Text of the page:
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Technical Paper

In-line Hydrocarbon (HC) Adsorber System for Reducing Cold-Start Emissions

2000-03-06
2000-01-0892
An adsorber system for reducing cold-start hydrocarbon (HC) emissions has been developed combining existing catalyst technologies with a zeolite-based HC adsorber. The series flow in-line concept offers a passive and simplified alternative to other technologies by incorporating one additional adsorber substrate into existing converters without any additional valving, purging lines, secondary air, or special substrates. Major technical issues to be resolved for practical use of this system are 1) the ability to adsorb a wide range of HC molecular sizes in the cold exhaust gas and 2) the temperature difference between HC desorption from the adsorber and activation of the catalyst to convert desorbed HCs. This paper describes the current development status of hydrocarbon adsorber aftertreatment technologies. We report results obtained with a variety of adsorber properties, washcoat structures of adsorber catalyst and start-up and underfloor catalyst system combinations.
Technical Paper

Development of a New HC-Adsorption Three-Way Catalyst System for Partial-ZEV Performance

2003-05-19
2003-01-1861
This paper describes a newly developed HC-adsorption three-way catalyst and adsorption system that reduce cold-start HC emissions with high efficiency. This system is the first of its kind anywhere in the world to be implemented on production vehicles. An overview is given of the various improvements made to achieve higher cold-start HC conversion efficiency. Improvement of conversion performance was accomplished by (1) increasing the thermal stability of the HC adsorbent, (2) improving desorbed HC conversion efficiency and durability and (3) optimizing the geometric surface area (GSA) of the substrate. Concretely, the thermal stability of the adsorbent was improved by enhancing the high-temperature durability of zeolite. Improvement of desorbed HC conversion efficiency was accomplished by improving the OSC material so as to match the temperature rise characteristic and usage temperature of the catalyst.
Technical Paper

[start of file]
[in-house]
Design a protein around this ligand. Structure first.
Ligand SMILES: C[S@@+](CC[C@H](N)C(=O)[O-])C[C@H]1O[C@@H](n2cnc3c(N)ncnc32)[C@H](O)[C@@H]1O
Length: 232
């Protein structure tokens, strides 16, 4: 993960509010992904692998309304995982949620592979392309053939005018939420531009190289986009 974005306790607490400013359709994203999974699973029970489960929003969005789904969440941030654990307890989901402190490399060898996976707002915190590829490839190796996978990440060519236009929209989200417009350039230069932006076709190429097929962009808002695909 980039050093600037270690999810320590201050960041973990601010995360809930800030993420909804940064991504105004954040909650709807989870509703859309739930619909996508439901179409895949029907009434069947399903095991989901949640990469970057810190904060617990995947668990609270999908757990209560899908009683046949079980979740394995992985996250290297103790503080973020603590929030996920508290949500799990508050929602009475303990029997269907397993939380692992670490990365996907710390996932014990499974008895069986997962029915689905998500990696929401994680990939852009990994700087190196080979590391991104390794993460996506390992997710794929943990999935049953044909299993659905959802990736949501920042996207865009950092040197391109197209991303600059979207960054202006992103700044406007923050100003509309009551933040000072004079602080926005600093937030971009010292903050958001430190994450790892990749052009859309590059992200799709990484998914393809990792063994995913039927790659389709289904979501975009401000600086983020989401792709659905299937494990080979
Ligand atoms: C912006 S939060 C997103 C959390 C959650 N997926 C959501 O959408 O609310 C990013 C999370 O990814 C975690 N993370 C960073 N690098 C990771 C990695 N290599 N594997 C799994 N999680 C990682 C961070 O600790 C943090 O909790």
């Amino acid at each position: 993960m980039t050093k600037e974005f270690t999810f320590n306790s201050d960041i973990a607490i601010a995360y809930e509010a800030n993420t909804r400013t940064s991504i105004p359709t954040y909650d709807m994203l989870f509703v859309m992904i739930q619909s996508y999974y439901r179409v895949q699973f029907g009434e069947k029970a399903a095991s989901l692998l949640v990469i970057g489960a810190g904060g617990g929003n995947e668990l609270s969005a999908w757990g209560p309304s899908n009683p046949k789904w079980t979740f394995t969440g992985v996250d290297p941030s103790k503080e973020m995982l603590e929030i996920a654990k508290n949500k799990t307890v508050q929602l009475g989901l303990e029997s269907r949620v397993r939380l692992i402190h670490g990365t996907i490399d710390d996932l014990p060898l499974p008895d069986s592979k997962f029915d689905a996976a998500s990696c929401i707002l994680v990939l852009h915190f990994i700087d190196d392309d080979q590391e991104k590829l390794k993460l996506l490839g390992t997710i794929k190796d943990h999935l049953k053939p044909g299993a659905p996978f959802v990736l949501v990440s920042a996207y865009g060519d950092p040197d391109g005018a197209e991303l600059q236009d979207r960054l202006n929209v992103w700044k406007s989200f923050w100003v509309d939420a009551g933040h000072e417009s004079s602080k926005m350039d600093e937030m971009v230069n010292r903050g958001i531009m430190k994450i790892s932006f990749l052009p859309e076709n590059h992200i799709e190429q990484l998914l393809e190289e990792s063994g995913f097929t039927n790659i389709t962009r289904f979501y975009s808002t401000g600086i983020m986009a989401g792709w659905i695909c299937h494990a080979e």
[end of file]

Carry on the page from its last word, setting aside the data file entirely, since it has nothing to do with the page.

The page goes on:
Development of Third Generation of Gasoline P-ZEV Technology

2003-03-03
2003-01-0816
This paper describes the third generation of the partial zero emission vehicle (P-ZEV) technology originally adopted on the Nissan Sentra CA sold in California. The 2000 Nissan Sentra CA became the world's first gasoline-fueled car to qualify for P-ZEV credits from the California Air Resources Board (CARB). The third-generation P-ZEV system has been substantially reduced in size and cost, compared with the Sentra CA system, enabling it to be used on high-volume models. This system complies with the P-ZEV requirements, including those for zero evaporative emissions and Onboard Diagnostics II (OBD-II). To achieve a more compact and lower-cost system, an ultra-thin-walled catalyst substrate, the world's first to attain a 1.8-mil wall thickness, has been adopted along with catalysts that display excellent low-temperature activity. As a result, low-temperature catalyst activity has been significantly improved.
Journal Article

Status of FCV Development at Nissan and Future Issues

2008-04-14
2008-01-0423
In the “Nissan Green Program 2010”, released in December 2006, Nissan Motor Co., Ltd. announced plans to offer advanced technology and products to further real-world reductions in CO2 emissions. One solution is the development of a practical fuel cell vehicle (FCV). In 1996, Nissan began developing an FCV and since 2001, has participated in activities to promote the development and to educate the public on the benefits of fuel cell vehicles by participating in fleet programs in the USA (CaFCP) and in Japan (JHFC). In 2006, limited leasing of the newly-developed 2005 X-TRAIL FCV was initiated in Japan, in the Kanagawa Prefecture and in Yokohama City. In 2007, Nissan provided an X-TRAIL FCV to Kanagawa Toshi Kotsu Ltd., for use as the world's first-ever fuel cell taxi in use on pubric roads. The 2005 X-TRAIL is equipped with various newly-developed technologies, including a fuel cell stack that was engineered by Nissan in-house.
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